I have a working knowledge of Italian, enough that I can read and write it, and I do fairly well when listening, too. But speaking? That's where I have an enormous deficit. It makes me sad that my Italian is so passive now, compared to when I was a kid and actually using it everyday. I'm missing out on most of the fun of knowing another language! I couldn't resist giving Wyner's Fluent Forever a try. "Forgetting is our greatest foe, and we need a plan to defeat it." Wyner's approach is based on a spaced repetition learning system, or SRS. My first reaction when I realized this was dread: Doesn't SRS mean boring flashcards? But Wyner makes it sound like it could be fun. This isn't a dry read at all. His writing style is engaging, sometimes even humorous. He is enthusiastic about language learning, and his excitement is infectious! Plus, he provides and explains a lot of scientific research about how we learn language, how memory works, and statistics that prove the effectiveness of SRS. The key is to learn new words (or grammar rules, or whatever information you need to know) by simultaneously creating multisensory experiences because "neurons that fire together wire together." The flashcards used in SRS are unique to and personally created by each individual, whether you choose to create them on paper or within an app. I tried Wyner's suggestions for a week (via Anki), and was shocked by how much I learned, far more quickly than in the past. Fluent Forever focuses on learning on one's own, outside of a classroom. This is great for those studying uncommon languages, or for those living in areas with few, if any, resources for their target language. The book has a nice, user-friendly layout: key points are highlighted in a separate box at the end of each section, there are special notes for intermediate and advanced learners, and a clear index which makes for easy future reference. And it is chock full of resources: books, apps, internet sites (including where you can find language partners for speaking practice), word lists, and more. Wyner also breaks down the different kinds of resources and how they are best used. He does not promote working through every single exercise in dull textbooks, cover to cover. Instead, this is language learning at its most efficient, tapping into the way our brains secure memories and the rich experiences that come with communicating in another language. Source: I received a copy of this book from the publisher via Blogging for Books to be considered for an honest review.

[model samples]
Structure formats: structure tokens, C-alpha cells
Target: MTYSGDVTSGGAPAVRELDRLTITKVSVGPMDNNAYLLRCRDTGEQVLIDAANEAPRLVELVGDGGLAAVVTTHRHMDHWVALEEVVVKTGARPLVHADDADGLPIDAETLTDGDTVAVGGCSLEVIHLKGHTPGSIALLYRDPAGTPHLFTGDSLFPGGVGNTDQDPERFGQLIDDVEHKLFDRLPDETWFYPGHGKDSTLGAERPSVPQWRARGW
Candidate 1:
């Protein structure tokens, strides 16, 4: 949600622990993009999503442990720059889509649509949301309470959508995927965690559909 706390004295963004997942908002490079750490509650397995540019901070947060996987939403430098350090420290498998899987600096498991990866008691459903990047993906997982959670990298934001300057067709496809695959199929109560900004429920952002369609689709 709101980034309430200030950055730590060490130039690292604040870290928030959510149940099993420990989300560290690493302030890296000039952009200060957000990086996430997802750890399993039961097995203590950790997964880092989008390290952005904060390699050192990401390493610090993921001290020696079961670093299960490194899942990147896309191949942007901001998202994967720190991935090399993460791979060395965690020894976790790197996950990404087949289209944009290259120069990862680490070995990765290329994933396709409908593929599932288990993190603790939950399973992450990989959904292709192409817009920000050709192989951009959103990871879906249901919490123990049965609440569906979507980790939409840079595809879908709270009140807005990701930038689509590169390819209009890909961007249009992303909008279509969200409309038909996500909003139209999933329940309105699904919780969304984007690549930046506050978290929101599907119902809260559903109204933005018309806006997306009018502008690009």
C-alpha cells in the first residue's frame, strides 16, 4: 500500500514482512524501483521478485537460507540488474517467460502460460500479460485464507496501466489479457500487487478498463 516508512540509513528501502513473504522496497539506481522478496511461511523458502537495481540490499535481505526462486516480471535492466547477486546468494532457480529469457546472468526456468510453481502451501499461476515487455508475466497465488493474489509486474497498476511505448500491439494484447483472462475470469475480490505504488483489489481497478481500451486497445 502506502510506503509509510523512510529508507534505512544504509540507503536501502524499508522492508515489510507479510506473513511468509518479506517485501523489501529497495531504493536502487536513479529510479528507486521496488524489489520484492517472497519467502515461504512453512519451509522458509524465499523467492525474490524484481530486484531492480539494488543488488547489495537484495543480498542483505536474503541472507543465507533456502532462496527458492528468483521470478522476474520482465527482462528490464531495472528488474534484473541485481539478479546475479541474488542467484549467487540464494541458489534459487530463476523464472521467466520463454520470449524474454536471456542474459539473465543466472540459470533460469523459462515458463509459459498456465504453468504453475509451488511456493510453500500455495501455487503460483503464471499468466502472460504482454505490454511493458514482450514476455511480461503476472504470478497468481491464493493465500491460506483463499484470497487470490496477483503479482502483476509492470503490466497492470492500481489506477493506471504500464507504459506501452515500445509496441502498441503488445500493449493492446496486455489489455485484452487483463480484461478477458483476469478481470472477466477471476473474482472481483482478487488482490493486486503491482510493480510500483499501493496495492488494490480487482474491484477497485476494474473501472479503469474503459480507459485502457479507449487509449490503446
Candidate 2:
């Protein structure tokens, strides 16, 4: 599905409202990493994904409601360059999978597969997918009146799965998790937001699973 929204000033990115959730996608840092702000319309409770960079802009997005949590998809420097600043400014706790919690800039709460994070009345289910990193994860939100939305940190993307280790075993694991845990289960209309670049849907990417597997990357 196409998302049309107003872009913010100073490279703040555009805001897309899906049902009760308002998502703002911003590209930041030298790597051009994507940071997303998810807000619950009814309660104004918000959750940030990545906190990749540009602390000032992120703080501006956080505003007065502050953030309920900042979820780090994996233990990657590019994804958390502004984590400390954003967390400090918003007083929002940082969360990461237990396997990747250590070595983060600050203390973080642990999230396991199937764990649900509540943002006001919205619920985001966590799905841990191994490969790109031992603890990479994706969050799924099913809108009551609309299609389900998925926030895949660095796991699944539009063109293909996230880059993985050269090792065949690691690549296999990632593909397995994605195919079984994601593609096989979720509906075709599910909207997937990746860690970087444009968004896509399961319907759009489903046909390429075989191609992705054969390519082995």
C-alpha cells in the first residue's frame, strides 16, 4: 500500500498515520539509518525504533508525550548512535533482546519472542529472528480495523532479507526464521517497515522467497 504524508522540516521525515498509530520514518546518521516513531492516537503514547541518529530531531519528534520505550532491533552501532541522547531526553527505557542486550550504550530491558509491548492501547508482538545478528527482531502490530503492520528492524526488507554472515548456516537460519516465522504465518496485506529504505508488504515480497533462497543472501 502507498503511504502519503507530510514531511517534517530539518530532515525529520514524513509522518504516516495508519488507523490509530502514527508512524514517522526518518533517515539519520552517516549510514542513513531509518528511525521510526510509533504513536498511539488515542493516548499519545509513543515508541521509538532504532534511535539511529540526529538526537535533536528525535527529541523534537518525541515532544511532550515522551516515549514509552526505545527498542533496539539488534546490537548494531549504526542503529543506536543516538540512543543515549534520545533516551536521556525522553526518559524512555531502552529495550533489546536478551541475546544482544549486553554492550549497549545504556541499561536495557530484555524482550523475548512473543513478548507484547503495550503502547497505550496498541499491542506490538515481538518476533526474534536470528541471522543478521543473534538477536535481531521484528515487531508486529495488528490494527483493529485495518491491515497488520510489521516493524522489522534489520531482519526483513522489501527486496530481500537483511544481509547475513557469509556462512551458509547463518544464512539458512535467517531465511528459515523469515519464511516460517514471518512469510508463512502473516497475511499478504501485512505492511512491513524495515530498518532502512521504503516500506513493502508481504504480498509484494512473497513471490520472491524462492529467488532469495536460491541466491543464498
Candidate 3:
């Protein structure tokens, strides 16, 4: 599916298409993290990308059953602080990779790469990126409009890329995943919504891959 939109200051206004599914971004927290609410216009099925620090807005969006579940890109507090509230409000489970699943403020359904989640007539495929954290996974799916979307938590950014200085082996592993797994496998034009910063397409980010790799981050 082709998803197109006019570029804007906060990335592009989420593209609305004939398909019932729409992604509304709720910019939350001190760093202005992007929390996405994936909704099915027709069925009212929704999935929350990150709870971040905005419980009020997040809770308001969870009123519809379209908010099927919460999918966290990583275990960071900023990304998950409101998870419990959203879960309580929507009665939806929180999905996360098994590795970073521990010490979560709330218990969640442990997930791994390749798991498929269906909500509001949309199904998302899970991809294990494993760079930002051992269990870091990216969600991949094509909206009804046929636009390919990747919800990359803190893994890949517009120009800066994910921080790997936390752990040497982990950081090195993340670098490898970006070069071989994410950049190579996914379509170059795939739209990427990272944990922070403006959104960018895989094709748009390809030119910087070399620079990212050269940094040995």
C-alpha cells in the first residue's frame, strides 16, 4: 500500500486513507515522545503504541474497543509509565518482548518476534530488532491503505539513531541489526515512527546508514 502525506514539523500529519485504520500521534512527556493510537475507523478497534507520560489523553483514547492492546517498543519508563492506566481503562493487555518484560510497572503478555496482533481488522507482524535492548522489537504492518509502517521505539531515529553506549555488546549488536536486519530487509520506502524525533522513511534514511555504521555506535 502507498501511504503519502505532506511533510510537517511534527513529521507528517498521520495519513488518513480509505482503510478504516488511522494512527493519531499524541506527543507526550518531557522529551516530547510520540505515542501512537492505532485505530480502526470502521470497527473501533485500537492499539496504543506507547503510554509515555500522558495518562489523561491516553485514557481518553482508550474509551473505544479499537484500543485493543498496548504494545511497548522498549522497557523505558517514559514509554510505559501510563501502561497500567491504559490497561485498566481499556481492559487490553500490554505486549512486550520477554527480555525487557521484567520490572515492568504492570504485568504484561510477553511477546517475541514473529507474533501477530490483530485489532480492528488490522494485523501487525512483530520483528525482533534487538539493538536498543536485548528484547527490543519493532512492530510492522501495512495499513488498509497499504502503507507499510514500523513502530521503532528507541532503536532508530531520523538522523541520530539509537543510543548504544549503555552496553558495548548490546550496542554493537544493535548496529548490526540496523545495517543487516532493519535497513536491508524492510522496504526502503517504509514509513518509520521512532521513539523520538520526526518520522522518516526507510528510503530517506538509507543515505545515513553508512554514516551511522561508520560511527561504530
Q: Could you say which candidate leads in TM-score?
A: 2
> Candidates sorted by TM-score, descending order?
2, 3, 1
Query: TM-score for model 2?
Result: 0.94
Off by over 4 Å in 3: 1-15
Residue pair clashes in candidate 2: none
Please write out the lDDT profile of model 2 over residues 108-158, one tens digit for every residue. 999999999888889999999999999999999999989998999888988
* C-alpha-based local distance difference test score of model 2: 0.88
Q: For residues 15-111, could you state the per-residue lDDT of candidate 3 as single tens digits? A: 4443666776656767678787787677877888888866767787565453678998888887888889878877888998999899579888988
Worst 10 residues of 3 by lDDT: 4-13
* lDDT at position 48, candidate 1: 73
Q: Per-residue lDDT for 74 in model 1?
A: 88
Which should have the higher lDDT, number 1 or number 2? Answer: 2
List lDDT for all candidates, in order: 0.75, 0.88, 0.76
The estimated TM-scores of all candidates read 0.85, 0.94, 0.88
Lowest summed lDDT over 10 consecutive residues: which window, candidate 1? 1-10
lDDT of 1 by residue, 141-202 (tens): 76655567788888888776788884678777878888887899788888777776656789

I've been trying to teach myself Japanese for over a year now. In that time, I've managed to make some progress, but it's been really slow going. When I saw this book, I immediately wanted to read it and see if it could offer any advice. It ended up being even more helpful than I thought it would be. The book does a great job recommending what to do in order to actually learn a language, and it's all very easy to follow. I'm pretty sure that I've already accomplished more in the few weeks since reading this book than I did in the entire year before that trying to teach myself Japanese. I honestly can't praise it enough. This book has a lot of helpful advice, and the author clearly knows what he's talking about, which is evidenced by the number of languages he's managed to teach himself. The author also runs a website that is helpful as well, and the book provides a lot of advice for other resources to help you. I highly recommend this book to anyone who is interested in learning another language by themselves. I received this book from the Blogging for Books program in exchange for this review
In a nutshell: 1) Make flashcards(physical or digital) for every aspect of your target language including pronunciations, spellings, translated definitions. Use a frequency dictionary(purchased separately) to determine the order in which you produce your cards. 2) Add mnemonic devices like pictures to enhance your personal connection to the information to memorize. 3) Review the flashcards. Repeat often. And then some more.
Review it please?